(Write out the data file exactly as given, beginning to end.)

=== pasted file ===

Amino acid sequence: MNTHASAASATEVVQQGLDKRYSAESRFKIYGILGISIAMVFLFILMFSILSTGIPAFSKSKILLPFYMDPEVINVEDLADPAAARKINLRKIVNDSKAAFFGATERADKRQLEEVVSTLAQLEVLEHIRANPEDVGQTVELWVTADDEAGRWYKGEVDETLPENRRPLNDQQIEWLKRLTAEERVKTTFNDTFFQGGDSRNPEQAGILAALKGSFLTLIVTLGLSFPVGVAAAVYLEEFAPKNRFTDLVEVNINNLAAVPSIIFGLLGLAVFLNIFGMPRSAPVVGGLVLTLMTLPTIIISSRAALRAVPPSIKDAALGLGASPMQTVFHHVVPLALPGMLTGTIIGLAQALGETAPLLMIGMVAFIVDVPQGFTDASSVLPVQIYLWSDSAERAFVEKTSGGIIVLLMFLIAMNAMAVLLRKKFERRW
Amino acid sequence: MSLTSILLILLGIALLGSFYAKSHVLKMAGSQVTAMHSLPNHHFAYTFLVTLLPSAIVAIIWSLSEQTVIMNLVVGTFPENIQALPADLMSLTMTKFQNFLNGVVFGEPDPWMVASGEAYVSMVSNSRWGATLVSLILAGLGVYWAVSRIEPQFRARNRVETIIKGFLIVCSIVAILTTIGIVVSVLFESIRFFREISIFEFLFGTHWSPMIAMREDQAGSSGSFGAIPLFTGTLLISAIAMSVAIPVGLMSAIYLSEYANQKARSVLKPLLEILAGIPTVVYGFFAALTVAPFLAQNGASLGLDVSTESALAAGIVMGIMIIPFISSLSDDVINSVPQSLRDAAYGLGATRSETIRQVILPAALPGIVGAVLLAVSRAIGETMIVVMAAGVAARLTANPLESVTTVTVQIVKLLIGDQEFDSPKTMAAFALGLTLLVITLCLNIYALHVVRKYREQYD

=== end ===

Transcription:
Amino acid sequence: MNTHASAASATEVVQQGLDKRYSAESRFKIYGILGISIAMVFLFILMFSILSTGIPAFSKSKILLPFYMDPEVINVEDLADPAAARKINLRKIVNDSKAAFFGATERADKRQLEEVVSTLAQLEVLEHIRANPEDVGQTVELWVTADDEAGRWYKGEVDETLPENRRPLNDQQIEWLKRLTAEERVKTTFNDTFFQGGDSRNPEQAGILAALKGSFLTLIVTLGLSFPVGVAAAVYLEEFAPKNRFTDLVEVNINNLAAVPSIIFGLLGLAVFLNIFGMPRSAPVVGGLVLTLMTLPTIIISSRAALRAVPPSIKDAALGLGASPMQTVFHHVVPLALPGMLTGTIIGLAQALGETAPLLMIGMVAFIVDVPQGFTDASSVLPVQIYLWSDSAERAFVEKTSGGIIVLLMFLIAMNAMAVLLRKKFERRW
Amino acid sequence: MSLTSILLILLGIALLGSFYAKSHVLKMAGSQVTAMHSLPNHHFAYTFLVTLLPSAIVAIIWSLSEQTVIMNLVVGTFPENIQALPADLMSLTMTKFQNFLNGVVFGEPDPWMVASGEAYVSMVSNSRWGATLVSLILAGLGVYWAVSRIEPQFRARNRVETIIKGFLIVCSIVAILTTIGIVVSVLFESIRFFREISIFEFLFGTHWSPMIAMREDQAGSSGSFGAIPLFTGTLLISAIAMSVAIPVGLMSAIYLSEYANQKARSVLKPLLEILAGIPTVVYGFFAALTVAPFLAQNGASLGLDVSTESALAAGIVMGIMIIPFISSLSDDVINSVPQSLRDAAYGLGATRSETIRQVILPAALPGIVGAVLLAVSRAIGETMIVVMAAGVAARLTANPLESVTTVTVQIVKLLIGDQEFDSPKTMAAFALGLTLLVITLCLNIYALHVVRKYREQYD